This was full of plot twists and though grisly, has some unexpected humor. The narrator interpreted the story pretty well but has a slight lisp on the sibilants that is a bit distracting.
This is a sentimental, heartwarming story read with a lovely British accent that will get you in the Christmas spirit. The historical detail of what it was like to be poor in Victorian England is vivid and educational as well. I would recommend this to any female age 8 and up! Not that the guys aren't welcome to read it too, but I think girls and women will particularly like the theme of sisterly devotion.
I am a longtime Anne Perry fan and thoroughly enjoyed this story even though the usual cast is not around. The interior life of a middle-aged man who knows his shortcomings--who is in love with his soulmate btw--is sensitively and realistically drawn.
The protagonist of this story is an all-too-human young woman raising twin babies alone. I quickly came to care about her and to be gripped by the twists and turns of the story. The supporting characters seem like real people and not props. I will be looking for this author's next one.
This covers an interesting case and is as full of intrigue as any novel. However, the Italian names were hard for me to keep straight and made the story more difficult to follow than it would be as a traditional book.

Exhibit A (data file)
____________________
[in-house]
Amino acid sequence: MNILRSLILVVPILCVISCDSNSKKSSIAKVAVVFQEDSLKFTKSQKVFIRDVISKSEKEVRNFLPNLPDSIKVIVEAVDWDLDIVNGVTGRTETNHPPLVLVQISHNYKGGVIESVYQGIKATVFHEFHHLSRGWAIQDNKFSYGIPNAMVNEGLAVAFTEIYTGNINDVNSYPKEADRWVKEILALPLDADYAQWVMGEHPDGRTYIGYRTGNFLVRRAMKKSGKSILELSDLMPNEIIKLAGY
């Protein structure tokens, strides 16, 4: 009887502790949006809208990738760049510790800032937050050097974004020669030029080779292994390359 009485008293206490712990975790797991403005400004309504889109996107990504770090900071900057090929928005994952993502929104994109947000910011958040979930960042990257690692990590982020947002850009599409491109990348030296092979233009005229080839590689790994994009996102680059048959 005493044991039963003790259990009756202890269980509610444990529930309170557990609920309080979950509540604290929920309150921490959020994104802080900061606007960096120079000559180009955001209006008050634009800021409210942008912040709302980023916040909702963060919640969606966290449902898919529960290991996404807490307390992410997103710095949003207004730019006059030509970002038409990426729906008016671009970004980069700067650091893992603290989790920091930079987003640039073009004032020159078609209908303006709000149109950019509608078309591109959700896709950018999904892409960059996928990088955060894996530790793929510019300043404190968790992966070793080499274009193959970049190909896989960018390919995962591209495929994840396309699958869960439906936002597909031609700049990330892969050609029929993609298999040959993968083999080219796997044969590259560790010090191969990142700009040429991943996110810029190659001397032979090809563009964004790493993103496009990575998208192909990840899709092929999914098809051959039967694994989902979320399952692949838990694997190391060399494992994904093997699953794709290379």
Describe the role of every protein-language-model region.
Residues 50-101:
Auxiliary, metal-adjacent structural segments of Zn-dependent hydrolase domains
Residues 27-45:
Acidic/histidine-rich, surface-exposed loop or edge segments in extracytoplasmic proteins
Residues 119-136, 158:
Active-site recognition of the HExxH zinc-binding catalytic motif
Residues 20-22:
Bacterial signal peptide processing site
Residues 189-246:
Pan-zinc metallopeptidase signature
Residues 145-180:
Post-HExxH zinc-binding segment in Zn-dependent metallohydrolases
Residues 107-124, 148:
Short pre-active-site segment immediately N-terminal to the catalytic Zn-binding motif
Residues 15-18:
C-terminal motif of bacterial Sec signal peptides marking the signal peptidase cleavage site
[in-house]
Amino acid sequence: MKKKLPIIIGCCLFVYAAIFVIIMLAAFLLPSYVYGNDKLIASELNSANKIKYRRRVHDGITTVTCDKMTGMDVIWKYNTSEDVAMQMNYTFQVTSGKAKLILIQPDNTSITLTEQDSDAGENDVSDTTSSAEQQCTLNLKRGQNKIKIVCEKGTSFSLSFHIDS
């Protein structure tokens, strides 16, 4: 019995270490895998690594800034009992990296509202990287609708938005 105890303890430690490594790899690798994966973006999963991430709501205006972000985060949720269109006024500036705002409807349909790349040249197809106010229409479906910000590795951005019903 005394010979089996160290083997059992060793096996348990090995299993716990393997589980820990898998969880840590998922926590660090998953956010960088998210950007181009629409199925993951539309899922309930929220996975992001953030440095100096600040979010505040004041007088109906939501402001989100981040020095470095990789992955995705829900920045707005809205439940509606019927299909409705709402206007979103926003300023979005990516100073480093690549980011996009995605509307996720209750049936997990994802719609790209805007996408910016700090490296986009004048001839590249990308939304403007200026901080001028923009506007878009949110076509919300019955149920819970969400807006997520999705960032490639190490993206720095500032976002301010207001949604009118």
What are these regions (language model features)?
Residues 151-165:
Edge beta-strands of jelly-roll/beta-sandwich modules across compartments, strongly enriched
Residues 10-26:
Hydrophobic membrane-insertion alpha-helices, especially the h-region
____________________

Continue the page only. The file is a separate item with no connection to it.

I loved the spirited females in this story but most of the plot devices were very contrived, and the motivations of the male lead were inexplicable. I enjoy period romances and this one does not stay true to its era's voice. Among a number of anachronisms the word "sexy" is used at least twice--no way in Victorian England. I have seen Lindsey do a better job in other books.
This story might kind of get you in the Christmas mood, but there are better choices than this earnest, humorless piece of banality. The heroine is not very likeable and the plot depends upon many, many untenable coincidences. Plus there are some distracting grammatical errors such as a dangling participle and subject-verb agreement issues. The strongest aspect of the writing concerns Jason and his work with underprivileged children, which was believable and moving and _showed_ us a change of heart rather than telling us.
This is my least favorite Dance novel. Like everyone else, I did not enjoy the constant explanation of computer terminology (does anyone in 2008-2009 need to have terms like "http" defined!?). He also put a lot of preaching about internet safety in the mouth of the professor. However, there were some good plot twists.
This is more like a prose poem than a book, often presented in disjointed stream of consciousness. I think the author is trying to capture the feel of NYC, but in a whiny, self-absorbed way. (I know that probably doesn't make much sense; sorry!) I have spent some time in NY and this didn't make me say, "Yes, that's just how it is!" It just isn't very interesting to be inside his head.
A minor irritant was that the narrator/author pronounces "didn't" as "din"; a speed bump on what should be a series of flowing riffs.
I got the feeling Preston&Child ran out of time at the end and wrapped up things rather perfunctorily. Still, I enjoy this series and they seem to have set things up for another book. As usual Rene A. does a great job reading.
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